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easily

easily

easily Sentence Examples

  • He could easily overpower her in a struggle or outlast her in a chase.

  • He was reputed to have kept a cool head during battle and wasn't easily intimidated.

  • Bordeaux wasn't giving up easily.

  • She had forgiven Chauncey easily enough.

  • His name came easily to her lips this time.

  • Words of praise came more easily to his lips, but he still had trouble accepting praise.

  • But you did wake up... come back, or whatever you call it, quite easily.

  • "It's easily cleared up," I answered.

  • I could easily tell from his breathing patterns sleep was illusive.

  • Only Betsy was raised outside of New England and she easily bowed to our collective desires to remain within its six state bounds.

  • I love my wheeled wonder, my palace on wheels, but it's unique and easily remembered.

  • Molly O'Malley was a pretty child, easily recognized as Julie's daughter with her long blond hair and beautiful eyes.

  • Aldo shot him in the leg, not wishing to kill him, which I assure you he could have easily done.

  • She made her way to the hallway and breathed more easily in the less crowded space.

  • He looked small in the middle of the foyer, and he wore an insincere smile like he might any other piece of easily removable clothing.

  • She snapped into motion, but he deflected her next strike as easily as he had those of the vamps he killed.

  • He overpowered her easily and maneuvered her down the hallway to her bedroom, stripping her and tossing her onto the bed in one move.

  • Darkyn caught her easily and pushed her back in front of him, her back to the wall.

  • It was difficult to hear how easily he'd evaluated and cornered her to get her to Hell.

  • Believe me, it wasn't something I easily forgot.

  • But Fitzgerald had to be older than forty—he certainly looked it—a fact easily checked on his election application.

  • She was just as entranced, just as easily pleased by the world.

  • This memory was recent and came easily.

  • She willed her mind not to betray her, aware he could read her too easily now that she was human.

  • She never realized how easily he read those around him until he was throwing her thoughts into her face.

  • Her lean body handled the strenuous task easily.

  • He hauled her out of the water easily.

  • Her focus right now seemed to be winning Destiny, but Destiny didn't warm to people easily.

  • He put the ring back and closed the jewelry box, wishing he could shut off his memories as easily.

  • If his week was any indication, this was not about to fix itself as easily as the portal shutting out his assassins.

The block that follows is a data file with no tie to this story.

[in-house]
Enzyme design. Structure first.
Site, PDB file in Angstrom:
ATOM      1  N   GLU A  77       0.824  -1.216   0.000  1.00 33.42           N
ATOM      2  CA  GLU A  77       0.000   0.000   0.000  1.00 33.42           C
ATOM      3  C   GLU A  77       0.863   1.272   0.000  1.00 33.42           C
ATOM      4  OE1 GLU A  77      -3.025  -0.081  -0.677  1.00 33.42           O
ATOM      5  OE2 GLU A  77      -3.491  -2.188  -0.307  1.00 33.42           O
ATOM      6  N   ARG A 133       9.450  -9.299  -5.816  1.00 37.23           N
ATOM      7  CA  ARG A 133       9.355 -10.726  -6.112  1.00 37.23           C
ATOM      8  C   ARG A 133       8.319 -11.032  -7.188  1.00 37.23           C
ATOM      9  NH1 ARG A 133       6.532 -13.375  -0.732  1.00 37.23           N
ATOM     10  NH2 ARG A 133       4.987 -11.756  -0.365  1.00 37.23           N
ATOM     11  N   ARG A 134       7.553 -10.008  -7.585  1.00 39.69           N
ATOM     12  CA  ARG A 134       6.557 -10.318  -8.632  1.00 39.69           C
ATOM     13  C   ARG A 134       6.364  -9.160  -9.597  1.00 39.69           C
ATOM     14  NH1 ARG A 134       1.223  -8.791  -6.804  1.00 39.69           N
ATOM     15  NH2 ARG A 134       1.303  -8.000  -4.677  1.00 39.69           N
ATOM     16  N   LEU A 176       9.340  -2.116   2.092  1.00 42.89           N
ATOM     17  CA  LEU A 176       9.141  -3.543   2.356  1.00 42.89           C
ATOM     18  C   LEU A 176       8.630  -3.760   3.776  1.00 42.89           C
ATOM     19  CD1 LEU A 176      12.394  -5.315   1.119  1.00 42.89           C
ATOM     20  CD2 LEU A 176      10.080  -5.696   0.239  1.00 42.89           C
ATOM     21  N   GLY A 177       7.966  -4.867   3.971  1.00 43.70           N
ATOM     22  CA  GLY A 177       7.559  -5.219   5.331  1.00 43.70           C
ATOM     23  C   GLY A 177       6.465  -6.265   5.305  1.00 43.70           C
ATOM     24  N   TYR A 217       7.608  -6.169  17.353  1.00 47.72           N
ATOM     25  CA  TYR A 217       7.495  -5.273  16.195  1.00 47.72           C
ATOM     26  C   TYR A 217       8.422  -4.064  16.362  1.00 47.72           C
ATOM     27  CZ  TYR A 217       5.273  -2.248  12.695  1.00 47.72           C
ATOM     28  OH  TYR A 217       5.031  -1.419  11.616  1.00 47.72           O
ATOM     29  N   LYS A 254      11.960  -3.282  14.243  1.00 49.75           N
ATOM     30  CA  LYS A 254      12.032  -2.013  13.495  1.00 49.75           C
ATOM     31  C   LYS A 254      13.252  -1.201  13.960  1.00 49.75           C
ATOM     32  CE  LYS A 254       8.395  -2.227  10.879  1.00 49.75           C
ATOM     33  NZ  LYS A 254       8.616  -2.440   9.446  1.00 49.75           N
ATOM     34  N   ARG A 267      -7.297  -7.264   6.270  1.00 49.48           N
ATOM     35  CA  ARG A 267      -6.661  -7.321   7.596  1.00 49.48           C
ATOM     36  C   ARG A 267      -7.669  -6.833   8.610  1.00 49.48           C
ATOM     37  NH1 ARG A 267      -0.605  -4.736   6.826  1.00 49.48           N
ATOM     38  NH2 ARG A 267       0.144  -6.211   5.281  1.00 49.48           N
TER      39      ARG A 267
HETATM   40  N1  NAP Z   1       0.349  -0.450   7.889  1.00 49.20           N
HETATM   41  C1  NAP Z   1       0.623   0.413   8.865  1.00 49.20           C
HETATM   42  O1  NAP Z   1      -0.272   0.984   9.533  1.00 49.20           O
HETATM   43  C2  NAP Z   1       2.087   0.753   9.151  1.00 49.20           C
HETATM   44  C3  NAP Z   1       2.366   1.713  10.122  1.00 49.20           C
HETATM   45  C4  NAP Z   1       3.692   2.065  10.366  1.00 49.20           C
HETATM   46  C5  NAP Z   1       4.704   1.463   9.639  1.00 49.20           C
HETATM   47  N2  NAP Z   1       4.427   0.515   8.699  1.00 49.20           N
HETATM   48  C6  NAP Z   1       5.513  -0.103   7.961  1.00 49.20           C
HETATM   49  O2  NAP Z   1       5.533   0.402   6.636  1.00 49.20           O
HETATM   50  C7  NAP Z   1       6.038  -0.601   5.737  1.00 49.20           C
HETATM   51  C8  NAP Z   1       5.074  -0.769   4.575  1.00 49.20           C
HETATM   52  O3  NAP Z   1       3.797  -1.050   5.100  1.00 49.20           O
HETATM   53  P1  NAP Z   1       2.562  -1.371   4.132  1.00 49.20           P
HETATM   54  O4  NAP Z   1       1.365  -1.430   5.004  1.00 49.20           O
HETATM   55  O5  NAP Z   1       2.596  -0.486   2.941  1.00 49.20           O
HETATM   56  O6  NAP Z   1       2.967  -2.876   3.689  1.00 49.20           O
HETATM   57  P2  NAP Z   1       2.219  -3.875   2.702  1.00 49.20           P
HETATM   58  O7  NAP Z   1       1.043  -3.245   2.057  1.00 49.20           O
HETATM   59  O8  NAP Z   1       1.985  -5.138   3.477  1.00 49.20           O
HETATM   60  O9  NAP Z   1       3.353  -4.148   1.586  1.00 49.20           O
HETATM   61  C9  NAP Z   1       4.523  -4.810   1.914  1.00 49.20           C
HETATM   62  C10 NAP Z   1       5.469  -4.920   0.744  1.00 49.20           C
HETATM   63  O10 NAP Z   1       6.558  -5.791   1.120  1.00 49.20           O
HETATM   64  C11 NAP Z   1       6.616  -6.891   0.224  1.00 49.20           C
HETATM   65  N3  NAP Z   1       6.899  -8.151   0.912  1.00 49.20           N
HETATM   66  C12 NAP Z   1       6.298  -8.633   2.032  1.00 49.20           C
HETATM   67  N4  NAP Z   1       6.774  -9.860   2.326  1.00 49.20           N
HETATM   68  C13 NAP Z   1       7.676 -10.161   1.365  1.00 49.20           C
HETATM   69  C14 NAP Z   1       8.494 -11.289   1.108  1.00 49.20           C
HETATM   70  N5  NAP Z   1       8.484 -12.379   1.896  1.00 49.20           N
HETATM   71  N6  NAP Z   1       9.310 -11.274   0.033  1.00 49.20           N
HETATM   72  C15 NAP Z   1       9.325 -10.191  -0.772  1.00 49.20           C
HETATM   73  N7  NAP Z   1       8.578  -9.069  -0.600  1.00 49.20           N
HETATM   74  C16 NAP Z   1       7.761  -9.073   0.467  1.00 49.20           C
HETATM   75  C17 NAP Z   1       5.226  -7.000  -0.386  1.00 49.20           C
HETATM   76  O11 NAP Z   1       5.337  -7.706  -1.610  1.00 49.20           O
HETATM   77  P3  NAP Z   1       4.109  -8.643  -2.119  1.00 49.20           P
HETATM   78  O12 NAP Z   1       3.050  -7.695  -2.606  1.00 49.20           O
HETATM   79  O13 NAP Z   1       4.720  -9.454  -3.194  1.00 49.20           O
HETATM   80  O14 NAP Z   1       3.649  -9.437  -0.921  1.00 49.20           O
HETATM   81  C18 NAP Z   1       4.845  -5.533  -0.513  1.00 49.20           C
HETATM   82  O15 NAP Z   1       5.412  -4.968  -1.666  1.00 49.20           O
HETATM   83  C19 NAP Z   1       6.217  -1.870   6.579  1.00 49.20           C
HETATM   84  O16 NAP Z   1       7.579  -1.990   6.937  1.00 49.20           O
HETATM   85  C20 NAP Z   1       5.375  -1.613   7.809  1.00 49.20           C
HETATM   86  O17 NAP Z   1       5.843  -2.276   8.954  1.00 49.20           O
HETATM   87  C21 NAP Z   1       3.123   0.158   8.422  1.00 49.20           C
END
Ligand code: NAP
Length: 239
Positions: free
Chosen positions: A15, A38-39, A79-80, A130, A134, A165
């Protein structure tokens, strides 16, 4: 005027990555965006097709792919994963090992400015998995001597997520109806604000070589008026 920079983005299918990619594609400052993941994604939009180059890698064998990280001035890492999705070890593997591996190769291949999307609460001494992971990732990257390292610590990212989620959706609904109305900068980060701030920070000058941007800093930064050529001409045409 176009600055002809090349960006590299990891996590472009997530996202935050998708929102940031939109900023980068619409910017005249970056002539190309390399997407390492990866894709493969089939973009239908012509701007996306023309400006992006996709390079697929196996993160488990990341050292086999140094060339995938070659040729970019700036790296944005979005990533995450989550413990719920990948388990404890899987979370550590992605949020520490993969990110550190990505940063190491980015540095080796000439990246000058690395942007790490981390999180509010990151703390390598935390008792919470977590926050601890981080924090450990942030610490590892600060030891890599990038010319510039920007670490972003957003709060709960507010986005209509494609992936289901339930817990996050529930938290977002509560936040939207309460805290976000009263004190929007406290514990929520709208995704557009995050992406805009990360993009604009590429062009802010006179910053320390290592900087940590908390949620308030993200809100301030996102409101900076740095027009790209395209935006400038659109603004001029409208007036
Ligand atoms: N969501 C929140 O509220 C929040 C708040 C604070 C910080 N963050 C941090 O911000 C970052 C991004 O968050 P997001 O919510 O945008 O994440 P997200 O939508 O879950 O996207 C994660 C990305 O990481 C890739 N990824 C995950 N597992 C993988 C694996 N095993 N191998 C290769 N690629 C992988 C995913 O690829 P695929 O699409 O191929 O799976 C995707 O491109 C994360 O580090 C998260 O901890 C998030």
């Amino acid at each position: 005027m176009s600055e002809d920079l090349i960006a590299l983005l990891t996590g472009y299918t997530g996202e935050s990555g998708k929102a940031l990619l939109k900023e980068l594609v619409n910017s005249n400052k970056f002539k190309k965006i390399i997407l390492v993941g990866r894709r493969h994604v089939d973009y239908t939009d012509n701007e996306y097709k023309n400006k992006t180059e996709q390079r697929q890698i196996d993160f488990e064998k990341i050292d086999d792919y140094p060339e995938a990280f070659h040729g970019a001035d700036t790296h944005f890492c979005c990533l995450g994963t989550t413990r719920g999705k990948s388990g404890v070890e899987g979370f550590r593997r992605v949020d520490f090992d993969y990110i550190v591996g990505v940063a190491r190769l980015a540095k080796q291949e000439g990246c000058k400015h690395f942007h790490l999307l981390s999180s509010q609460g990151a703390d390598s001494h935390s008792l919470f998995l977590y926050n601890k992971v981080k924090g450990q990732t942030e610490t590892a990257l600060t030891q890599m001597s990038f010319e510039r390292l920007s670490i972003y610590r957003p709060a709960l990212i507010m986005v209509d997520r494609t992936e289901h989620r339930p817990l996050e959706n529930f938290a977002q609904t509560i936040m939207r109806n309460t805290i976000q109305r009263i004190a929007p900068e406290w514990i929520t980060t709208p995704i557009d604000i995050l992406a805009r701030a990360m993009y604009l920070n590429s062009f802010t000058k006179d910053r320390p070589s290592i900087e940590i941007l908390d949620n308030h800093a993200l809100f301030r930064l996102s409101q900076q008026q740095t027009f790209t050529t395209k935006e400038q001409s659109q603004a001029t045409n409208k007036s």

• Though he could track her easily, he wasn't certain how to prevent her from using the portals.

  • She found herself nodding, accepting his explanation more easily than even Gabriel's.

  • Kris chuckled, at ease with his brother despite the unprotected penthouse on the top floor of a building that could be easily leveled by a single explosive charge.

  • It was how he walked easily among all the others, never threatened and routinely confided in.

  • "I haven't eaten in thousands of years," he rasped, holding her easily despite her struggles.

  • He whipped out a curved knife from the small of his back and tossed it in the air, catching it easily.

  • He wore heavy clothing, as if easily chilled, and moved with the smoothness of a warrior.

  • It didn't spin webs and looked more to Evelyn like a mutated cat, but the moment she recalled Kiera's fear, she also realized that the cat-like creature would easily pass as a large spider.

  • She was meant to be his, this he didn't doubt, though he couldn't stop the trickle of unease that warned him she may not be able to adjust to their world as easily as he wished.

  • He traveled for a day and slid beneath the radars of Qatwal easily, having stolen the codes needed to jam their tracking systems during one of his scuffles with Kisolm.

  • She could just as easily flick off the viewer as he could.

  • Fred was not so easily placated.

  • She was easily recognizable, her dark hair streaming in the breeze of her partially open window.

  • It was long, yet wide enough to turn easily.

  • Everything about Edith Shipton was strange—her moods—her personality—the fact that she lied so easily.